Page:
Tampa Bay area eye doctor's only patients are animals
TAMPA — Dr. E. Dan Wolf has been helping animals see the light for almost 40 years. The director of the Southern Eye Clinic for Animals is one of only four animal eye doctors in the Tampa Bay area and he's the only one who concentrates solely on animals. At his practice on Hoover Boulevard, he is participating in the American College of Veterinary Ophthalmologists (AVCO) program that is currently providing free screening eye exams for service animals, including guide dogs, dogs with disabilities, and dogs that work with the police force. The police dogs are highly trained and, of course, their sight is one of the things that is most important. The main goal of the program is to screen certified service animals. AVCO is not a publicly funded organization, but Wolf said he enjoys the work and the numbers show that he has been quite successful. “We don't have any other things to take care of here except eyes,” Wolf said. “There are no broken legs or broken bones. We take care of eyes and we have a 90 percent success rate.”While Wolf decided he wanted to be a veterinarian at an early age, it took a while to start his practice. He has worked on humans as well as animals, but after growing up on a farm and working with animals since he was a kid, and being fascinated by the human and animal eye, he settled on animal ophthalmology. As for understanding the vision of an animal that can't express an opinion verbally, Wolf said it isn't a problem. His clinic has a play room in the back that allows Wolf to put the dogs through a series of tests that, with his experience and background, allows him to determine the level of the animal's vision. Many of the situations Wolf deals with involve cataracts. He specializes in a technique that he says is simple and mostly painless to the animal. Basically, he places a lens inside the eye of the animal. It's a basic procedure, little more than a human putting in a contact lens only, with an animal, it's permanent. Wolf said he has a 90 percent success rate. It doesn't matter what type of animal he is working with, Wolf said. They might be different in size, but the eyes are basically all the same. Elephant's eyes, Wolf said, are only twice the size of a small dog's.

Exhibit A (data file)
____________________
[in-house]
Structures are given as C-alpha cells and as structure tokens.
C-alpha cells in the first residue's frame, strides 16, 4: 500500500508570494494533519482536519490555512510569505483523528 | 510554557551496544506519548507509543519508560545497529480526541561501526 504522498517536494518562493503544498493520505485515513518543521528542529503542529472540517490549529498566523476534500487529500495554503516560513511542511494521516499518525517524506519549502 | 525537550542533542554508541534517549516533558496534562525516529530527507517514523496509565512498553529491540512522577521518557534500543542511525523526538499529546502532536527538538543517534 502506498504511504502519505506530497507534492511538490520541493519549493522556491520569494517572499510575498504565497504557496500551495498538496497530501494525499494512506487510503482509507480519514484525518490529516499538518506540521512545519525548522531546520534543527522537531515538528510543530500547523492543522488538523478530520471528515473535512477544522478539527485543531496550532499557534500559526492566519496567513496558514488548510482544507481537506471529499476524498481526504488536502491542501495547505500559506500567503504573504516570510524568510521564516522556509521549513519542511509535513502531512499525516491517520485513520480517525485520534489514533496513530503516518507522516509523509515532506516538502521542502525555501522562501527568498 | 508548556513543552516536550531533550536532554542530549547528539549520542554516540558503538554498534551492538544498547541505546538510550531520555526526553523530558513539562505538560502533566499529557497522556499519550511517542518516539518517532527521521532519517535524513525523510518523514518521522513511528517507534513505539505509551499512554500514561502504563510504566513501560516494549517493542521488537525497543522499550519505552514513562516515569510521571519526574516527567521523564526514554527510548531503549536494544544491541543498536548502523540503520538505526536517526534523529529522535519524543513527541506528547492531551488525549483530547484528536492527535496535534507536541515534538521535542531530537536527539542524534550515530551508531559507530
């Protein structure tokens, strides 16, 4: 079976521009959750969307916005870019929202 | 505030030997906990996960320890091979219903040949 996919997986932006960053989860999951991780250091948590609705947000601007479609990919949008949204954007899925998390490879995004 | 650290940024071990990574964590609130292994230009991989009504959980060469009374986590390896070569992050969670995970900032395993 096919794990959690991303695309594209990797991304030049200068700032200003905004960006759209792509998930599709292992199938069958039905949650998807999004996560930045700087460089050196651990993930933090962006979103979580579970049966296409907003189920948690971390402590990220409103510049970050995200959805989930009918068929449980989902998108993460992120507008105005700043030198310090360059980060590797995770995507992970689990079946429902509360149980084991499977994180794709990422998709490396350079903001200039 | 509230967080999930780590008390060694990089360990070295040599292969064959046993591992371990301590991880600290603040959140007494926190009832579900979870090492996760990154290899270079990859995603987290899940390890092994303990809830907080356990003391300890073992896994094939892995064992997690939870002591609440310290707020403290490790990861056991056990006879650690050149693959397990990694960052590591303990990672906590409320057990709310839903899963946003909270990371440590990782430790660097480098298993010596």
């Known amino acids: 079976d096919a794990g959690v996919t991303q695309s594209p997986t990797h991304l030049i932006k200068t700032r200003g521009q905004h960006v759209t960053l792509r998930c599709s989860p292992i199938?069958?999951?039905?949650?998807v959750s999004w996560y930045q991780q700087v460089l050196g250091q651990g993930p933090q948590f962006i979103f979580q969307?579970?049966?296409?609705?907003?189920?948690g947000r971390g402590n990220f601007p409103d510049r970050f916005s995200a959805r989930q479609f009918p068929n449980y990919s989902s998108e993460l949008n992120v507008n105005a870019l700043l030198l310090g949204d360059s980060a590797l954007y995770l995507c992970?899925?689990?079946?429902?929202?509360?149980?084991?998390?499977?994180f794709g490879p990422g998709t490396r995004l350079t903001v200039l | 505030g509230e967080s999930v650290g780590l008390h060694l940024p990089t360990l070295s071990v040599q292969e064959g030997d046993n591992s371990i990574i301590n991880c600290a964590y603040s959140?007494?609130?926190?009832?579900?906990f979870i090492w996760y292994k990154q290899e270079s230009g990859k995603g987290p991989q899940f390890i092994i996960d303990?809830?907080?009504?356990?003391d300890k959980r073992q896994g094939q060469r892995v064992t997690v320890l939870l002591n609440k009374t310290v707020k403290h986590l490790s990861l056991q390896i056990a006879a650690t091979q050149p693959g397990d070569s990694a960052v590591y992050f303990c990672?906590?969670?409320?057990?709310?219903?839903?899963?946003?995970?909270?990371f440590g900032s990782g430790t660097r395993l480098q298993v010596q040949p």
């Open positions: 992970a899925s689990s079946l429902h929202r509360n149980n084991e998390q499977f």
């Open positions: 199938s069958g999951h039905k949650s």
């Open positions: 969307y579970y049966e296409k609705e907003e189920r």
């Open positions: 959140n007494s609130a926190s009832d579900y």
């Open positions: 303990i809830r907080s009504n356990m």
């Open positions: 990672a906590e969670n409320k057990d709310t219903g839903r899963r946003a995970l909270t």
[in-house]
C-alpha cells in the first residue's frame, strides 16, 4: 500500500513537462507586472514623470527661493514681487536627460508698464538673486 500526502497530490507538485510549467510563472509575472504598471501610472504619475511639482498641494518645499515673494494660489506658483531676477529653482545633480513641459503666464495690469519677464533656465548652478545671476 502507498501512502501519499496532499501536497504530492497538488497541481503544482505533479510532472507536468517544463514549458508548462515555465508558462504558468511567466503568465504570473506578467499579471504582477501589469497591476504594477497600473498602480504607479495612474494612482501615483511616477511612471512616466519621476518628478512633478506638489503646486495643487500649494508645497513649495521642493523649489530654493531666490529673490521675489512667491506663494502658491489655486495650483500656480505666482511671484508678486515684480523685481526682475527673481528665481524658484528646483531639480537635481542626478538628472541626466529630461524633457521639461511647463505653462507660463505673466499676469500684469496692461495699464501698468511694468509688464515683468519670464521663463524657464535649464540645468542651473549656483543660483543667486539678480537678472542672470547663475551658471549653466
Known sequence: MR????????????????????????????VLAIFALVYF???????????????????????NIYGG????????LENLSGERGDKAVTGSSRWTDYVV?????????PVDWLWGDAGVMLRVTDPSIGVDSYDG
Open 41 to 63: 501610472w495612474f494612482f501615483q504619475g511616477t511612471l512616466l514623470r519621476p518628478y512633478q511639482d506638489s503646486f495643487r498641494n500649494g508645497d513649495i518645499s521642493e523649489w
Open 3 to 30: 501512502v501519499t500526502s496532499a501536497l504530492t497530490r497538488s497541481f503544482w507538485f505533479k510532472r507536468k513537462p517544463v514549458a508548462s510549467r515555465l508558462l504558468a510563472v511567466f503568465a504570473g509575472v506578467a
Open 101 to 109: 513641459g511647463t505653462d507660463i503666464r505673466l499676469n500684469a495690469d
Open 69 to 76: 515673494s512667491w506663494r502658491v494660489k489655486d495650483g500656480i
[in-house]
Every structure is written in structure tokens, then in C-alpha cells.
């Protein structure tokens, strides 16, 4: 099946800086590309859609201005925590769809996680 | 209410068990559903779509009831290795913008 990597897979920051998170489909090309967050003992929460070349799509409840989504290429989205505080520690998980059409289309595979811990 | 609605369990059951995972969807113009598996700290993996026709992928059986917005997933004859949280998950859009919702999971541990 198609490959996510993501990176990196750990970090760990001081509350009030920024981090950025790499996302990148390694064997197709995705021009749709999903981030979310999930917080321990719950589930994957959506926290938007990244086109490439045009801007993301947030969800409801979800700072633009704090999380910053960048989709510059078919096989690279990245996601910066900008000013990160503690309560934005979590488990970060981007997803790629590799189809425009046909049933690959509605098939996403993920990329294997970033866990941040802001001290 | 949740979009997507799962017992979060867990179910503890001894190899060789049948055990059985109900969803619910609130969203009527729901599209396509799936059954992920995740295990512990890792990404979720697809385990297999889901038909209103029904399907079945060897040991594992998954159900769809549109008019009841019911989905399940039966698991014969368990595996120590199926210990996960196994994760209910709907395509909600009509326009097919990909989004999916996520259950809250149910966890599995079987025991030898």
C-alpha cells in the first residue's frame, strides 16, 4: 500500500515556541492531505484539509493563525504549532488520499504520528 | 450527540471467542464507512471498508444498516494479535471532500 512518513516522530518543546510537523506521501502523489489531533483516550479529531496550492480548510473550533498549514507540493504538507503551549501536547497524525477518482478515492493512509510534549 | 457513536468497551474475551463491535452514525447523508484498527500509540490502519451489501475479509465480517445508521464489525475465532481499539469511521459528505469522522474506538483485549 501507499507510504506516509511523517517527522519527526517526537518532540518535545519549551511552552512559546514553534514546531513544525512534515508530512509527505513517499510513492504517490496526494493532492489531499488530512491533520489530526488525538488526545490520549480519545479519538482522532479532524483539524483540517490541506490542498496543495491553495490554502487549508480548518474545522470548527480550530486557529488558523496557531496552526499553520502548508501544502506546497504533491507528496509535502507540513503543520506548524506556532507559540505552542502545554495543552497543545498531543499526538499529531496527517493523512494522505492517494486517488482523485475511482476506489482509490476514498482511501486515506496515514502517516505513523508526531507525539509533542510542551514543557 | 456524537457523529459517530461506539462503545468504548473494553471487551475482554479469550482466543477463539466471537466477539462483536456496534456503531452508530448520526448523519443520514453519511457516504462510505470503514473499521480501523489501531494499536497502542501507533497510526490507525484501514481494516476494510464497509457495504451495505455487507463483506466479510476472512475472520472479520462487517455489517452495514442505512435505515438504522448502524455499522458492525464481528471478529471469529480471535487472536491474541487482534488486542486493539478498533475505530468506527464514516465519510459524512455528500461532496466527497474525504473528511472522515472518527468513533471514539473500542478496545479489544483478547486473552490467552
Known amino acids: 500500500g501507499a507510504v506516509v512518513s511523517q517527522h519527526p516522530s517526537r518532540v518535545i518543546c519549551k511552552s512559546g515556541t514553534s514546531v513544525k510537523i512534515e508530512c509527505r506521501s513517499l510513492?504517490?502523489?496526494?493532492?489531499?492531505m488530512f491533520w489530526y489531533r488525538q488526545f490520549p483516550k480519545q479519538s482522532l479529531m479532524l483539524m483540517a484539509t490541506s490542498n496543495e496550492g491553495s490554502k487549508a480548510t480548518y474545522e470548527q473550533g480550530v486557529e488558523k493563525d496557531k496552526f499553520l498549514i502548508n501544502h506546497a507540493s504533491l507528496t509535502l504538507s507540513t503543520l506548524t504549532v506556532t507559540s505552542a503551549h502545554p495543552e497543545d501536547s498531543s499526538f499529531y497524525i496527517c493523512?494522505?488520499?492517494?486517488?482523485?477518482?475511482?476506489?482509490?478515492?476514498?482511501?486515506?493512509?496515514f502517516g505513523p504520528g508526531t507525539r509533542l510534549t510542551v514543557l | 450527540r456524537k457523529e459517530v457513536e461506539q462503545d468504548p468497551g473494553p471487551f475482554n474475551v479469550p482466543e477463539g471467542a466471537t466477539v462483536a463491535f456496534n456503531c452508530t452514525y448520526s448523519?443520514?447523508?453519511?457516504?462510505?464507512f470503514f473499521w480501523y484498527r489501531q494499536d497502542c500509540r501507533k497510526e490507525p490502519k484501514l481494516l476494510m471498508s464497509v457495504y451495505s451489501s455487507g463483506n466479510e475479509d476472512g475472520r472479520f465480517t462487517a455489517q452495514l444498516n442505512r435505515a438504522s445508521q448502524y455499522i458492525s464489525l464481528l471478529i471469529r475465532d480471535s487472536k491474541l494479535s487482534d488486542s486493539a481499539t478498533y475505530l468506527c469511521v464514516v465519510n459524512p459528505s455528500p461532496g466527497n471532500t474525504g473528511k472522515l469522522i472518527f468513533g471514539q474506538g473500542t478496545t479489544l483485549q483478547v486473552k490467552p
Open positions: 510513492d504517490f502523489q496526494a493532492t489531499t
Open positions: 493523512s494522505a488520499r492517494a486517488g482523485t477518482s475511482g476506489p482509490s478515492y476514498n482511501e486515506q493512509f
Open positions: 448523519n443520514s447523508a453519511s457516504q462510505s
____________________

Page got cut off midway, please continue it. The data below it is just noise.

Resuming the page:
Snooty, world's oldest captive manatee, dies in accident at Bradenton's South Florida Museum (w/video)